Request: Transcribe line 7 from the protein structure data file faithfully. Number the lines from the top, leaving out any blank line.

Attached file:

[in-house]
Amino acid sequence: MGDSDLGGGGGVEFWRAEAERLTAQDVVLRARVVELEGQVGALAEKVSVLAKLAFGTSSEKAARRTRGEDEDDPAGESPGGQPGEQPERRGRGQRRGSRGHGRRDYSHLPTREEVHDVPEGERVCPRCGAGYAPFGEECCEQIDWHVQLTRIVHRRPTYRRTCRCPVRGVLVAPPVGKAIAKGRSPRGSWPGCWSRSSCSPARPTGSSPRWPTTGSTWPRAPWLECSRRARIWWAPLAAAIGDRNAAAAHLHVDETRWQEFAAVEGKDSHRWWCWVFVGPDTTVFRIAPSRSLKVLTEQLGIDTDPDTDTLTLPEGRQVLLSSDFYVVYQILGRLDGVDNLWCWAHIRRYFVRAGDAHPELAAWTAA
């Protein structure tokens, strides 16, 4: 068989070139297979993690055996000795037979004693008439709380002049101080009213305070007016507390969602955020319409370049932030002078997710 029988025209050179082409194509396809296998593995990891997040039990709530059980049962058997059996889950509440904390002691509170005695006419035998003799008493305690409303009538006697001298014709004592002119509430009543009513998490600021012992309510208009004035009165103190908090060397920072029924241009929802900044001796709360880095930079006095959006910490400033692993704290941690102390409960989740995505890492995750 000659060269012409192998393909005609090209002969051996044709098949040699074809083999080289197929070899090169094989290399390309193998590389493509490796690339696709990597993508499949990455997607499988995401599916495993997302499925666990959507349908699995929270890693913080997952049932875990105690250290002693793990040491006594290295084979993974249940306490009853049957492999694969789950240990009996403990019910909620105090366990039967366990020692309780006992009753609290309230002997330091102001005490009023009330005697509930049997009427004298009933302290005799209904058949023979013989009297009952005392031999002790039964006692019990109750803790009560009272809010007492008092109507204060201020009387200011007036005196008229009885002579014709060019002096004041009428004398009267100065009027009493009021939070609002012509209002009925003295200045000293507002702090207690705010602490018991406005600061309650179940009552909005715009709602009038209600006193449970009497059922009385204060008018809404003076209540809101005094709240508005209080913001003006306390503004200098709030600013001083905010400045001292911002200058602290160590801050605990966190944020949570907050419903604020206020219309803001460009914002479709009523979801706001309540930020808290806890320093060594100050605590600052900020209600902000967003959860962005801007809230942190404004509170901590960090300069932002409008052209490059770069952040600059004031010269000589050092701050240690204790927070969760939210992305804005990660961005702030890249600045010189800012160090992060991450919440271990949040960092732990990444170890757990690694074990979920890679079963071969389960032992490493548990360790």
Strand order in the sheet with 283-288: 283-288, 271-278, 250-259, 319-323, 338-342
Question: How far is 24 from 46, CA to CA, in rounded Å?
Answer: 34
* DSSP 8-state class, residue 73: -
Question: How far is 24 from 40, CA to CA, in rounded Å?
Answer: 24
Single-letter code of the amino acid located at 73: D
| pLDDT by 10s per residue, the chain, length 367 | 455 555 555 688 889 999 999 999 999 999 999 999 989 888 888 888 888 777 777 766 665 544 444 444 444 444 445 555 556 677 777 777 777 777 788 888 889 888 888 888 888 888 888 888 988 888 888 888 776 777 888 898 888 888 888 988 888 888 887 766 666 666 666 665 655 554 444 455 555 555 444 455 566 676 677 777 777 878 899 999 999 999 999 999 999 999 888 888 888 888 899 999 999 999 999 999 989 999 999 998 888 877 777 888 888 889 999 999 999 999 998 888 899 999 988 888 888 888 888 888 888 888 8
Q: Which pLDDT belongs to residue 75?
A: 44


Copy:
* DSSP 8-state class, residue 73: -